Fig. 19.2 Anatomical landmarks. (a) V2, second division of trigeminal nerve; V3, third division of trigeminal nerve; GG, gasserian ganglion; IV, trochlear nerve; ICA, internal carotid artery; MMA, middle meningeal artery; PA, petrous apex. (b) ET, eustachian tube; GenG, geniculate ganglion; VII, facial nerve; TC, tympanic cavity; TegT, Tegmen tympani. (c) CO, cochlea; SPS, superior petrosal sinus; SSC, superior semicircular canal.
19.4 Surgical Technique
19.4.1 Patient Positioning
To alleviate the effects of gravity when lifting the temporal lobe and to achieve the best angle of view, the floor of the middle fossa should be vertical and the zygoma almost horizontal. Thus, the patient is placed supine and the head is turned to the opposite side. To avoid stretching the neck, the ipsilateral shoulder is elevated. One of the patient’s legs is also prepared in case grafts of fascia lata, subcutaneous fat, saphenous vein, or sural nerve are needed for reconstruction. The abdomen is also prepared for the rare instance in which a free abdominal rectus flap is needed for reconstruction.
Somatosensory evoked potentials, electroencephalography, brainstem auditory evoked potentials, and cranial nerves are all monitored as necessary. The cranial nerves are monitored by inserting needle electrodes into the masseter muscle (V nerve), the orbicularis oris and oculi (VII nerve), and the medial rectus, superior oblique, and lateral rectus muscles (III, IV, and VI nerves), respectively.
19.4.3 Skin Incision and Soft Tissue Dissection
The skin incision can be tailored according to the compartment to be reached ( ▶ Fig. 19.3). A preauricular incision is begun above the superior temporal line, moves behind the hairline, extends to the tragus, and, if necessary, is made in a transverse skin crest along the mandible. If the skin incision is higher in the temporal area and advances downward, the superficial temporal artery can be identified, dissected from the subcutaneous tissue, and preserved attached to the muscle. After sharp dissection against the galea, the scalp flap is reflected anteriorly, leaving thick areolar tissue with a pericranial layer adhering to the calvarium. The anterior branch of the superficial temporal artery can be cut distally and reflected with the scalp flap. If the incision advances inferiorly, subcutaneous dissection of the skin flap is carried out in a plane superficial to the parotid gland. To preserve the frontotemporal branches of the facial nerve, an incision 1 to 2 cm in length is made through the superficial and deep layers of the temporal fascia. The blades of the scissors are positioned under the deep temporal fascia and over the superficial temporal fascia. Subfascial dissection is done in a course parallel to the zygomatic arch and directed to the posterior root of the zygoma. The temporal fascia is dissected along the zygomatic arch and lateral orbital rim in subperiosteal fashion. Proximal control of the internal carotid artery can be achieved through cervical extension of the incision.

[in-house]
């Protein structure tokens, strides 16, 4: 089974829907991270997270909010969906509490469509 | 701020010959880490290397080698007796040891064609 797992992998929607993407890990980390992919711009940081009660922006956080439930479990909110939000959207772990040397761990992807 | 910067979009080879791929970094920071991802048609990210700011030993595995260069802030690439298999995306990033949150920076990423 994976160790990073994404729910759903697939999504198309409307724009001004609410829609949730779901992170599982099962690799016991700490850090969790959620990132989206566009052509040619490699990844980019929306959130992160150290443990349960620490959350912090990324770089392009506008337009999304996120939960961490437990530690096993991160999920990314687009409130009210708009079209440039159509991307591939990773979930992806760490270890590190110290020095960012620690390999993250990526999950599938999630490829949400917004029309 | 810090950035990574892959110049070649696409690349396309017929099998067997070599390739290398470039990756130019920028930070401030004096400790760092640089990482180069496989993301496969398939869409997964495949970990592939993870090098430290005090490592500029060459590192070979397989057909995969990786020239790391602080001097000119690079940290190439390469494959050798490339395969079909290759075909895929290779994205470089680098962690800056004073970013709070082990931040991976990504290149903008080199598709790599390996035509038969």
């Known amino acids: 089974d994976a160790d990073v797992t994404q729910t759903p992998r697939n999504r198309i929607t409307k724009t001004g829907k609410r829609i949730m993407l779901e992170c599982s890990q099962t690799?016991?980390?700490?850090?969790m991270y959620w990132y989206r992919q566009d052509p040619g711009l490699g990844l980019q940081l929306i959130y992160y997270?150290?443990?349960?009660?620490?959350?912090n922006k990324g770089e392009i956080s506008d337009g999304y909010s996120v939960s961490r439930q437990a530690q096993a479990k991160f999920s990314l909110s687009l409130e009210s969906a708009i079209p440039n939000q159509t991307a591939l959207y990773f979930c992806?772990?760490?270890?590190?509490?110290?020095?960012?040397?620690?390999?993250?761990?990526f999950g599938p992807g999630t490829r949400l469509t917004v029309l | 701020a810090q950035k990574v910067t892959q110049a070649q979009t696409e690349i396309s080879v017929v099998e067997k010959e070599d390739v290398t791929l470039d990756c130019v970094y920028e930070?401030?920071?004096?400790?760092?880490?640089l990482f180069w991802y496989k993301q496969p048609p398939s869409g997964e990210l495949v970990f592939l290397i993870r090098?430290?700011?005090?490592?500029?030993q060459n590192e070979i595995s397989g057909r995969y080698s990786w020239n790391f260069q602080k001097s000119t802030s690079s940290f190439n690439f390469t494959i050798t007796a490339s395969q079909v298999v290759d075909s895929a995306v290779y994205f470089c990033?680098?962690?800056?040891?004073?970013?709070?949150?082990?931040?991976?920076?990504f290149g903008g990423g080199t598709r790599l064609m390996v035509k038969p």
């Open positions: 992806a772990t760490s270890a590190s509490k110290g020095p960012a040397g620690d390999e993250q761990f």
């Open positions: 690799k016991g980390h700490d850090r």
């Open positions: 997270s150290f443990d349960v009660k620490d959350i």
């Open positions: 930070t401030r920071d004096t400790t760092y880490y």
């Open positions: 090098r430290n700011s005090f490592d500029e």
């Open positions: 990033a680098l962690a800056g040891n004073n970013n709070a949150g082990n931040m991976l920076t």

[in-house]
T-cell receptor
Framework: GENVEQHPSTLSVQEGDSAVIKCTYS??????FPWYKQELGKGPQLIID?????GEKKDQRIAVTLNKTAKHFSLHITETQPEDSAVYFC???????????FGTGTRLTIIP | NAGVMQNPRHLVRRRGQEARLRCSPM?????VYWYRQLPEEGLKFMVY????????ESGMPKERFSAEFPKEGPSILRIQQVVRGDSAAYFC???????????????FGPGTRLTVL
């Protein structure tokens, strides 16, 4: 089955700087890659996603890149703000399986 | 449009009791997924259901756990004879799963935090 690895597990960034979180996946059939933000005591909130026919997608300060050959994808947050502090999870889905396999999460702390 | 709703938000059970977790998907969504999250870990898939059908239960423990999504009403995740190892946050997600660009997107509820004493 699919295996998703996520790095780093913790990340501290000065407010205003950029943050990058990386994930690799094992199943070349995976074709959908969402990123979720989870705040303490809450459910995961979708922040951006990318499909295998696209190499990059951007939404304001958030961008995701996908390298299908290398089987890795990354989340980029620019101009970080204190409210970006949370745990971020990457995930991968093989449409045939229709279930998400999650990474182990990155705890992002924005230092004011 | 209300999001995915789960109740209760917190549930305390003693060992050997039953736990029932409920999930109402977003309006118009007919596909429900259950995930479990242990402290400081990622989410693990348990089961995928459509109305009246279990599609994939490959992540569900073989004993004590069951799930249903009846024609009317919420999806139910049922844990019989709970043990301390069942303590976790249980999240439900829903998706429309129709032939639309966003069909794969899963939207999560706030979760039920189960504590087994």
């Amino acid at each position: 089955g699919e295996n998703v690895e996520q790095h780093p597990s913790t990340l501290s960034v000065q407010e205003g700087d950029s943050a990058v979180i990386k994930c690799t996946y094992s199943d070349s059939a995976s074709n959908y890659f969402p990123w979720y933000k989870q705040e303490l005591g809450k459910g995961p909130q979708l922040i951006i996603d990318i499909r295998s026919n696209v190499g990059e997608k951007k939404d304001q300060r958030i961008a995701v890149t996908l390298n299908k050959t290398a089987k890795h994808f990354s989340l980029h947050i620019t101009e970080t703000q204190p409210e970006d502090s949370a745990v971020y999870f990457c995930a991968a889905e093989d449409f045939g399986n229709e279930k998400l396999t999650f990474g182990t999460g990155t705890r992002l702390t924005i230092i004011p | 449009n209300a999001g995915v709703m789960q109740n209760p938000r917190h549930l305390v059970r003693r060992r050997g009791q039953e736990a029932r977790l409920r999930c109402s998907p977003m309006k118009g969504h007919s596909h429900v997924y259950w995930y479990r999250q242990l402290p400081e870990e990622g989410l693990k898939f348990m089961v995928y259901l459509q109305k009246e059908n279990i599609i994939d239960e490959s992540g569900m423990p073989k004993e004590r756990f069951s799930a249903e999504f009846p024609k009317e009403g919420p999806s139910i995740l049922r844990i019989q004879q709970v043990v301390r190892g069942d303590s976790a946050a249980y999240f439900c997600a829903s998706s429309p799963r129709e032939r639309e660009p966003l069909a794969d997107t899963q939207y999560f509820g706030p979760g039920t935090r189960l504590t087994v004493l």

Fig. 19.3 Surgical technique. (a) Head position and skin incision. (b) Subfascial dissection. (c) Exposing the zygoma. (d) Cutting the zygoma and detaching the temporalis muscle. (e) Deflecting the temporalis muscle and frontotemporal craniotomy. (f) Starting the middle fossa peeling by identifying the middle meningeal artery.